Just diagnosed with melanoma?
If you’re reading this, you or someone you know has undergone a biopsy or other tests in which the diagnosis of melanoma has been confirmed. First, know that you are not alone. Second, arm yourself with information and resources.
The Melanoma Research Foundation has a variety of free information and resources available to someone who has been diagnosed with melanoma. They are listed here:
- Online Patient Bulletin Board (MPIP) – Ask questions, read comments and find answers by becoming a part of our online support system.
- Toll-free Helpline – Speak with trained oncology social workers about the psychosocial and financial burdens of a melanoma diagnosis.
- Clinical Trial Finder – Use this tool to help you navigate clinical trials that you might be eligible for.
- Therapy Finder – Use this tool to help you navigate treatment options based on specific genetic mutations (BRAF, GNAQ, etc.) in your tumor.
- Phone Buddy Program – Get paired with someone who can provide you with emotional support during your treatment or recovery period.
- Ask a Nurse Email Program – Send an email to the MRF nurse and receive an answer within 72 hours.
- Educational Programs – in-person, online and over-the-phone educational programs lead by leading melanoma physicians and healthcare providers.
What You Need to Know
- You have been given a diagnosis, not a death sentence.
- Melanoma survival statistics describe a group of similar patients…but they may have nothing to do with your chance of survival.
- Often for melanoma treatment, there is no single answer. Every case is different.
- It is important to be an active participant in your treatment. Be your own advocate.
- Write everything down and take someone with you to doctor’s appointments.
Upon receiving a melanoma diagnosis, you will receive a stage of diagnosis. Your stage helps the melanoma treatment team develop an appropriate plan for you. Your stage will also help determine your prognosis, or outlook. Additional tests, including blood work, bone scans, CT scans, MRI scans, PET scans and Sentinel Lymph Node Biopsies may also need to be done to determine your stage.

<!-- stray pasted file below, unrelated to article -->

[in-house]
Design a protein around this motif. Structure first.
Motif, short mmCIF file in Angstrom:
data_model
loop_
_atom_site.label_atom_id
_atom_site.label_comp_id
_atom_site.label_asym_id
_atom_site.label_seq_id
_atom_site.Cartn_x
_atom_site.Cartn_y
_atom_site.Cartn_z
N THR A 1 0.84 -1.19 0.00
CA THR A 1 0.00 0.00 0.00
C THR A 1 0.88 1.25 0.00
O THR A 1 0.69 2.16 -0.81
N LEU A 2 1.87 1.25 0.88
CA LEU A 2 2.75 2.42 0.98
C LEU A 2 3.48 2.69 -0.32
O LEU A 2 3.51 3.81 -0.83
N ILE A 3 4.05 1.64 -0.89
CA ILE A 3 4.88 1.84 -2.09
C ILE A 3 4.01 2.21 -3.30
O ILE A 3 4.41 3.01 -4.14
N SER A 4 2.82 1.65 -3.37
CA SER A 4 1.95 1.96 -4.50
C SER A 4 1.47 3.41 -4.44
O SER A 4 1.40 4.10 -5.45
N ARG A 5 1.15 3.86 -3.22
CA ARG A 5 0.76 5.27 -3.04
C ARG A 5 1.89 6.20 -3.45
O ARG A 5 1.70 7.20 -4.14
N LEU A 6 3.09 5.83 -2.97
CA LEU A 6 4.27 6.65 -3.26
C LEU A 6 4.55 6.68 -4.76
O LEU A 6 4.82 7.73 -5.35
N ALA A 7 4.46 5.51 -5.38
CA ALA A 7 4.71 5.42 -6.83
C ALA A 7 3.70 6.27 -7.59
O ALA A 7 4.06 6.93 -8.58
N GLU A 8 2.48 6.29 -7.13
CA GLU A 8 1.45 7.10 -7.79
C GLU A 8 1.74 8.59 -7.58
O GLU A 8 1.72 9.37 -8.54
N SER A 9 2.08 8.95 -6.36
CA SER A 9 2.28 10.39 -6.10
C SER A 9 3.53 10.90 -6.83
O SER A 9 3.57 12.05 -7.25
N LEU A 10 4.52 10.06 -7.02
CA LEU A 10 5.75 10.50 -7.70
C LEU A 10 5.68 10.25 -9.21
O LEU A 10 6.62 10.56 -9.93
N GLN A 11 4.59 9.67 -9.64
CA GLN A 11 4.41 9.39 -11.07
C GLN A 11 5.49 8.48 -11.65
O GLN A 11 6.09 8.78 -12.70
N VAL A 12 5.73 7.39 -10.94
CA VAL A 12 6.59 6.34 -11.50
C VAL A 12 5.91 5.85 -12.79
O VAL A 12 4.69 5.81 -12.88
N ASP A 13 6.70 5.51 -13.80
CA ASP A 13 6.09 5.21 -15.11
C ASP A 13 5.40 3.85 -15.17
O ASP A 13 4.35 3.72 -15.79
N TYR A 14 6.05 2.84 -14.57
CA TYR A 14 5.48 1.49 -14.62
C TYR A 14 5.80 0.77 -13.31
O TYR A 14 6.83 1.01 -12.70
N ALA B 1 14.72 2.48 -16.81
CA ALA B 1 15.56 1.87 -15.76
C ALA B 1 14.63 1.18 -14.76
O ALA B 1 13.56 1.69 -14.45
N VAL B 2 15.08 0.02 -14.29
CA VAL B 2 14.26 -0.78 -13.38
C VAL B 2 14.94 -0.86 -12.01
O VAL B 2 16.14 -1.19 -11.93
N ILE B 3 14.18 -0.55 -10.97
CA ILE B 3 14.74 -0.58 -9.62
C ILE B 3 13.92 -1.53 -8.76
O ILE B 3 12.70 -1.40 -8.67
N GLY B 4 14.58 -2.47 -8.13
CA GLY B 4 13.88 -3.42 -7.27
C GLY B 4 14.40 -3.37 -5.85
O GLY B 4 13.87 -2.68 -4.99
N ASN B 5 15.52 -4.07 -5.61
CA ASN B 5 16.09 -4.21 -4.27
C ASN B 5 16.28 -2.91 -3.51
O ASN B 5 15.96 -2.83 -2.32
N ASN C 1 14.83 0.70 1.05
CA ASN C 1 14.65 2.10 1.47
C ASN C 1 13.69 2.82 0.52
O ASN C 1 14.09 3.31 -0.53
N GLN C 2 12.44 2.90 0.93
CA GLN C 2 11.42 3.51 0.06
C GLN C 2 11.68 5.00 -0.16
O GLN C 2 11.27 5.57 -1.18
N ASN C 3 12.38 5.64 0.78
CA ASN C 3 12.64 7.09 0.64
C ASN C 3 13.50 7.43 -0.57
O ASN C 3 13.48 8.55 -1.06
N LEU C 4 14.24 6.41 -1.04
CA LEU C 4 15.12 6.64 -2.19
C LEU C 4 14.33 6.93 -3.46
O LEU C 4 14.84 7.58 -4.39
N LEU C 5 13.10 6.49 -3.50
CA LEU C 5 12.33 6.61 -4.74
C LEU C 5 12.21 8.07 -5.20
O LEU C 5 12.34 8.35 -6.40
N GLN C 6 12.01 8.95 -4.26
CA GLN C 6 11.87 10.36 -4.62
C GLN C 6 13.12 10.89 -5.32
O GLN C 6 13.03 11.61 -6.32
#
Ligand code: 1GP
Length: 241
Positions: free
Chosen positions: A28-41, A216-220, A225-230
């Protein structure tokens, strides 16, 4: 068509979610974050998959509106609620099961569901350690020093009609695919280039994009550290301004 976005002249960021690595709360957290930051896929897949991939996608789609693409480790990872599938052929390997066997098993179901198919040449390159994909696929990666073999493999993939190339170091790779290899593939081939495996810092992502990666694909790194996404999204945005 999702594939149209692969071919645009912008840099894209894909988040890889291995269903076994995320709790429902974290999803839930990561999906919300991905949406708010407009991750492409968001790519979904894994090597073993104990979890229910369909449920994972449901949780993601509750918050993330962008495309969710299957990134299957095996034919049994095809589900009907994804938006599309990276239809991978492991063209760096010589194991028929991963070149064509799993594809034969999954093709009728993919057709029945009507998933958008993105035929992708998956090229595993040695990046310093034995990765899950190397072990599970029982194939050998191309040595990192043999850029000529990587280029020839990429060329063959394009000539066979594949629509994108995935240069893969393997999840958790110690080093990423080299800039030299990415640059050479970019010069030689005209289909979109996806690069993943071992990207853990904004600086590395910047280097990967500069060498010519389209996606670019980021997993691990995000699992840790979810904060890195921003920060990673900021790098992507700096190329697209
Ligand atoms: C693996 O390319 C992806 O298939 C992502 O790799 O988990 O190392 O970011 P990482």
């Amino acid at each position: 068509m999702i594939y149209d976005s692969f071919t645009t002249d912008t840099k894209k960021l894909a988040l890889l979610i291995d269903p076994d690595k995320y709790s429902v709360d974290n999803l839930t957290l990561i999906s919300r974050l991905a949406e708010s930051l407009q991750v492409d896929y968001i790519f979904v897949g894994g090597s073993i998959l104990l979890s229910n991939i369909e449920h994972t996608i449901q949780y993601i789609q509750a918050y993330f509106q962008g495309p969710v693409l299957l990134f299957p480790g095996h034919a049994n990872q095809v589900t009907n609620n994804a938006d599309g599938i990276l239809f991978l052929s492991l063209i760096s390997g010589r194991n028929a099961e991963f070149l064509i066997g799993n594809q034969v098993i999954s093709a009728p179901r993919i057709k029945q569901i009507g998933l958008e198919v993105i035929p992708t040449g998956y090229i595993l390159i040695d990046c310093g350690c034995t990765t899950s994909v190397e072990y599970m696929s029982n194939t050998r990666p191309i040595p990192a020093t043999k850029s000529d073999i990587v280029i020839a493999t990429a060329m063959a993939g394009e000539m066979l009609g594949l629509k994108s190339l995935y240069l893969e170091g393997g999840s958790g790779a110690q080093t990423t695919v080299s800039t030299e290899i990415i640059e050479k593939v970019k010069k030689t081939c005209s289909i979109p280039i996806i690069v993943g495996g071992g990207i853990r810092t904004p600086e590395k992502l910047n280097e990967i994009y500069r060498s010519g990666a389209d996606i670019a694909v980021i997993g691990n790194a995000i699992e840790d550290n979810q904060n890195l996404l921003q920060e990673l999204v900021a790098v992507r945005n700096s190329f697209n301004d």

Have you been diagnosed with Stage III melanoma? If so, you may want to view our literature on Managing a Stage III Diagnosis to learn more about possible treatment options.
Be sure that your melanoma treatment team has done the following:
- Given you a stage of diagnosis
- Tested your melanoma for genetic mutations (BRAF, cKIT, NRAS, etc.)
- Spoken to you about all available treatment options, including those options that are approved by the FDA and those that are currently in clinical trials
- Given you the pros and cons of each treatment option and allowed YOU to make the decision you feel most comfortable with
If you don’t feel comfortable with your diagnosis or treatment team, don’t be afraid to get a second opinion.
Preparing For Appointments
Take someone with you to your appointments and be prepared with questions to ask your doctor. Write down the answers so you don't forget. Research shows that patients who bring someone else to their doctor visits better understand their doctor's advice, are more likely to talk about tough topics and are more satisfied with their doctor.
The Treatment Center Finder will help you find a melanoma treatment center in your area. This is not a doctor recommendation, but these centers have a strong melanoma department and experience with melanoma.
Do you have additional questions or want more information about your melanoma diagnosis, or want to connect with fellow patients and caregivers? Email Education@melanoma.org for help or answers, or visit our online bulletin board.